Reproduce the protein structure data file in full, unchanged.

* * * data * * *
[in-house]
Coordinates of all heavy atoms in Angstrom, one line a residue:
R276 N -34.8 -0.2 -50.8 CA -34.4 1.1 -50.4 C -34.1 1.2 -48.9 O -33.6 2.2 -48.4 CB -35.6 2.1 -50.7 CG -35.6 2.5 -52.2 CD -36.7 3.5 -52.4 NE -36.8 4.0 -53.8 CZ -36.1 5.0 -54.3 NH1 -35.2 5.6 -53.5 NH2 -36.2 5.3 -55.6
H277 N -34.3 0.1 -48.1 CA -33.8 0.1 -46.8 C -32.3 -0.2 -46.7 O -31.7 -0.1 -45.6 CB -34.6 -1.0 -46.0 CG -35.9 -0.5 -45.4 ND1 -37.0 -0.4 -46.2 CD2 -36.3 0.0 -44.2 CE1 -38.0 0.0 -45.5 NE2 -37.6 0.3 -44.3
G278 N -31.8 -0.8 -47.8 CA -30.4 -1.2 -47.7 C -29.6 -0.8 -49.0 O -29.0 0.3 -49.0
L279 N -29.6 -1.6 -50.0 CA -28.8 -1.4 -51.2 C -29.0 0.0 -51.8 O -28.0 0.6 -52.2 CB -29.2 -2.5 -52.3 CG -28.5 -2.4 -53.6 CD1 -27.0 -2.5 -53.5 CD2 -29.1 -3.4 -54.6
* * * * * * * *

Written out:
[in-house]
Coordinates of all heavy atoms in Angstrom, one line a residue:
R276 N -34.8 -0.2 -50.8 CA -34.4 1.1 -50.4 C -34.1 1.2 -48.9 O -33.6 2.2 -48.4 CB -35.6 2.1 -50.7 CG -35.6 2.5 -52.2 CD -36.7 3.5 -52.4 NE -36.8 4.0 -53.8 CZ -36.1 5.0 -54.3 NH1 -35.2 5.6 -53.5 NH2 -36.2 5.3 -55.6
H277 N -34.3 0.1 -48.1 CA -33.8 0.1 -46.8 C -32.3 -0.2 -46.7 O -31.7 -0.1 -45.6 CB -34.6 -1.0 -46.0 CG -35.9 -0.5 -45.4 ND1 -37.0 -0.4 -46.2 CD2 -36.3 0.0 -44.2 CE1 -38.0 0.0 -45.5 NE2 -37.6 0.3 -44.3
G278 N -31.8 -0.8 -47.8 CA -30.4 -1.2 -47.7 C -29.6 -0.8 -49.0 O -29.0 0.3 -49.0
L279 N -29.6 -1.6 -50.0 CA -28.8 -1.4 -51.2 C -29.0 0.0 -51.8 O -28.0 0.6 -52.2 CB -29.2 -2.5 -52.3 CG -28.5 -2.4 -53.6 CD1 -27.0 -2.5 -53.5 CD2 -29.1 -3.4 -54.6